IV: 1987 Clubsport
1987 911 Clubsport: This was the time Porsche discovered that less could be more - as in more money for less weight and less equipment. The 1987-89 Clubsport cost about five percent more than the standard coupe, which was not exactly lavishly equipped, either. Missing from the Clubsport (or CS) were such items as rear seats, door trim, a parcel shelf, insulation, electronic heater controls, the passenger's sun visor, a radio, a glove-box lid, power windows, and foglamps, netting a savings of 220 pounds. While the engine delivered a nominally unchanged 217 hp, lighter intake valves pushed the rev limit from 6570 to 6840 rpm. Together, these measures knocked 0.4 second off the 0-to-62-mph acceleration time. Even more significant was the urgent kick-in-the-butt midrange punch, the sharper handling due to a variety of suspension tweaks, and the enhanced directional stability thanks to the whale-tail rear spoiler. Despite a fetching delete-option CS decal that straddled the entire right front fender, Porsche's increasingly comfort- and convenience-hungry clientele failed to see the attraction of the go-faster-by-taking-out-weight concept. In the course of three model years, Porsche sold a mere 339 Clubsport coupes and only a single CS Targa.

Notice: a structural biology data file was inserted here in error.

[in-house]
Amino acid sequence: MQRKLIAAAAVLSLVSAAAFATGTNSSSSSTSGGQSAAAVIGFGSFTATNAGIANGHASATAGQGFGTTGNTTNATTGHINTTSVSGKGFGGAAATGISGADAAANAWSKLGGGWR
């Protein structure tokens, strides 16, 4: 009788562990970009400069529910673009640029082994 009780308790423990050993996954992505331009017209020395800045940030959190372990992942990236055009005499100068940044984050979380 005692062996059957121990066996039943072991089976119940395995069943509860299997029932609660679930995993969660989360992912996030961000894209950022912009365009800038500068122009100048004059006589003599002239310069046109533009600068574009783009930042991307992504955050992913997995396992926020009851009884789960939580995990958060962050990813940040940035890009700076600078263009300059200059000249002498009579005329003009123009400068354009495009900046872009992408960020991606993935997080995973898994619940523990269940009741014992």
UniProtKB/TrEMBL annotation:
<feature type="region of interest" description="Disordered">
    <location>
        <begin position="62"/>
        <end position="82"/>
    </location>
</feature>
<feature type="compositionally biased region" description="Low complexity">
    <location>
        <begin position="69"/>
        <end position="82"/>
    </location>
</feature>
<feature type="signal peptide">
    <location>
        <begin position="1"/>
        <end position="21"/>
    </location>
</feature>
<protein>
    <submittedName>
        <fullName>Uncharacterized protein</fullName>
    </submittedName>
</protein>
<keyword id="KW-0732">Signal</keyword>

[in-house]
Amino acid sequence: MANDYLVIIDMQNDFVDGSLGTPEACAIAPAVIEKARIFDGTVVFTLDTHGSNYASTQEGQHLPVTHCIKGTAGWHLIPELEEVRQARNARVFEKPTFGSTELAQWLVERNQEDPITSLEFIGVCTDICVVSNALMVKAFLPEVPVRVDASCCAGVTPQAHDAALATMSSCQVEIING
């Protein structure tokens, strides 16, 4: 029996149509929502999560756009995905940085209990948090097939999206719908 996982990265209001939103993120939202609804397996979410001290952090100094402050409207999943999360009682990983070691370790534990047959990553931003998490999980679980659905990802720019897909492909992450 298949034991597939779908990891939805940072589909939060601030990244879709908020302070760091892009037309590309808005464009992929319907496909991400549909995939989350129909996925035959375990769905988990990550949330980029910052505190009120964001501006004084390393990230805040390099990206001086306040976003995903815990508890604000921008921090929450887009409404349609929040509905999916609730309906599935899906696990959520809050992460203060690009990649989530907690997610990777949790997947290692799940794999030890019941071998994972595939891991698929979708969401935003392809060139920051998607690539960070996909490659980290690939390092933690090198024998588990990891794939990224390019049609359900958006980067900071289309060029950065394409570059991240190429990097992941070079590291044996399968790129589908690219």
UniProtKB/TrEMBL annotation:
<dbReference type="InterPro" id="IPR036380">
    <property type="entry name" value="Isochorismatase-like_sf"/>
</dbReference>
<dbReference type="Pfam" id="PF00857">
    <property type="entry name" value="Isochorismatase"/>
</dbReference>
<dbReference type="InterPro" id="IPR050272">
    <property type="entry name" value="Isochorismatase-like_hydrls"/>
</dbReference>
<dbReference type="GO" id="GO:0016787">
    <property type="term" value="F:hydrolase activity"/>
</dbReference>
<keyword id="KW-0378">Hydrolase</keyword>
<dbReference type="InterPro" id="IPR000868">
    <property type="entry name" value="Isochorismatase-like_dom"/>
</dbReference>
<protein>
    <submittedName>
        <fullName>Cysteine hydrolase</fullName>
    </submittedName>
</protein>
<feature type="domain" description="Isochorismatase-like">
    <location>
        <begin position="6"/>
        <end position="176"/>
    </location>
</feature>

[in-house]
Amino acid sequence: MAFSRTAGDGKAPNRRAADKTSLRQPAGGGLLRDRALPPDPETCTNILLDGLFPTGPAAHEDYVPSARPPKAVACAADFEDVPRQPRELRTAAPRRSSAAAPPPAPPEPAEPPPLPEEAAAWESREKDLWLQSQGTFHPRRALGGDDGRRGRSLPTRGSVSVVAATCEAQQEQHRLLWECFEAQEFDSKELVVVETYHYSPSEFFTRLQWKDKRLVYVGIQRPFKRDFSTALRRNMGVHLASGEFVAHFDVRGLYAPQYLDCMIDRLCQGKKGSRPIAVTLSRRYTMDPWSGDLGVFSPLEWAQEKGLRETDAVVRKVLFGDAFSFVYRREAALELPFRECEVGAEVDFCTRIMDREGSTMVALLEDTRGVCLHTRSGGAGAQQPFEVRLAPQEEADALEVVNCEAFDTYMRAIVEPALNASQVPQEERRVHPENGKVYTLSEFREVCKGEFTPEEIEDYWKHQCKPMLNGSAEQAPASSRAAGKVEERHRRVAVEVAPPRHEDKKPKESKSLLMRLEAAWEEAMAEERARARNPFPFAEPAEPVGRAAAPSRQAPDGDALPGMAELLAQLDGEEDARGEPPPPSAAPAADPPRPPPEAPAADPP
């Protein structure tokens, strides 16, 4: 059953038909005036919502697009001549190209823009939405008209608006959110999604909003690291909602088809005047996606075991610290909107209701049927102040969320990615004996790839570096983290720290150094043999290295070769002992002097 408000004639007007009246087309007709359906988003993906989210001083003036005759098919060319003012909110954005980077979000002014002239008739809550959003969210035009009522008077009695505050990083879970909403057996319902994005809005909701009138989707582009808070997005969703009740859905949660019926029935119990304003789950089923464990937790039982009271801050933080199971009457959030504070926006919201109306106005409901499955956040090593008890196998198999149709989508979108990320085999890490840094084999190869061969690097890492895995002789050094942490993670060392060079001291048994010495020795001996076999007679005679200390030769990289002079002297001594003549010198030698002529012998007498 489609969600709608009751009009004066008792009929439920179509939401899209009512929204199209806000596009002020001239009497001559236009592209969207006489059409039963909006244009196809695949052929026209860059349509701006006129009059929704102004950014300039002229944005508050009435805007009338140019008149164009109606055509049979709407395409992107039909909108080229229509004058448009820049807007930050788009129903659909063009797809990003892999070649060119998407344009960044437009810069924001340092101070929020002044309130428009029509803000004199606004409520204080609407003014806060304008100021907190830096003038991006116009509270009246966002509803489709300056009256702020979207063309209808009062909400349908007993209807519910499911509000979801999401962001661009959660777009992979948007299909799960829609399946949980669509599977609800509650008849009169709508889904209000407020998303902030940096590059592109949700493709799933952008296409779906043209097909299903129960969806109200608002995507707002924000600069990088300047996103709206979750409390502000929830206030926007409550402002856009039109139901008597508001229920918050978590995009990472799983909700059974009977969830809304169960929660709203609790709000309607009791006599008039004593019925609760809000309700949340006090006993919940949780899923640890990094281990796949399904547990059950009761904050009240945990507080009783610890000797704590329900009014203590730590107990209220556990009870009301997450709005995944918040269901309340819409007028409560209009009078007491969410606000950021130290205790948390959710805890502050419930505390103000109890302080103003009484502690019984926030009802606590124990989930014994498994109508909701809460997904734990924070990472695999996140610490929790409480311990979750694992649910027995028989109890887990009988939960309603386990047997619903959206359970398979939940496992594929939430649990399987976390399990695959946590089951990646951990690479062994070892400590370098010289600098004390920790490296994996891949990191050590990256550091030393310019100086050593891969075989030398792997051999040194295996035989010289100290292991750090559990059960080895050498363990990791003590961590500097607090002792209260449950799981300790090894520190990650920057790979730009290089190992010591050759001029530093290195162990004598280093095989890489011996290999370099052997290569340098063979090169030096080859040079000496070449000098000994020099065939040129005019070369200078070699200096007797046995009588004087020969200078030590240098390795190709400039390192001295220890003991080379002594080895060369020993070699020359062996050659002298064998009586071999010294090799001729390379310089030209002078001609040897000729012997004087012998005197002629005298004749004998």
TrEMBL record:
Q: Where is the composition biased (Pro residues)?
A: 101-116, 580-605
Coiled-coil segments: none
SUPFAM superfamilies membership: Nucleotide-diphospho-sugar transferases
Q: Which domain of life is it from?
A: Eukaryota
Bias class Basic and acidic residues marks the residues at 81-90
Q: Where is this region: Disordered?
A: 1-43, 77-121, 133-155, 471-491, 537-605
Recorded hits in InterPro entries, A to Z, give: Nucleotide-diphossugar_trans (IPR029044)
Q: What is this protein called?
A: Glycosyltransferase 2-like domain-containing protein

U.S. Model years: 1987-1989
Engine: 3.2L flat-6, 217 hp, 195 lb-ft
Transmission: 5-speed manual
0-62 mph: 6.1 sec
Top speed: 153 mph
Weight: 2555 lb
Production: 28/340 (U.S./total)
Original price: $48,895 (1988)
1980s TECHTONICS | By Don Sherman
The 911 family expanded with the first convertible in 1983. The 959 Group B concept also debuted with a wealth of technology that would trickle down to regular production models. From this acorn, the 911 family tree's branches eventually sprouted electronically controlled four-wheel drive, twin turbochargers and intercoolers, dual overhead cams, adjustable damping, cast-magnesium center-lock wheels, highly functional aerodynamic appendages, aluminum body components, and a six-speed transmission. A total of 292 examples of the 444-hp wundercar were built; the factory brought a few to the United States for track duty, and gray-market importers courageously sold some for road use. In 1989, a third-generation 911 code-named 964 arrived with air bags and ABS as standard equipment and all-wheel drive as an option.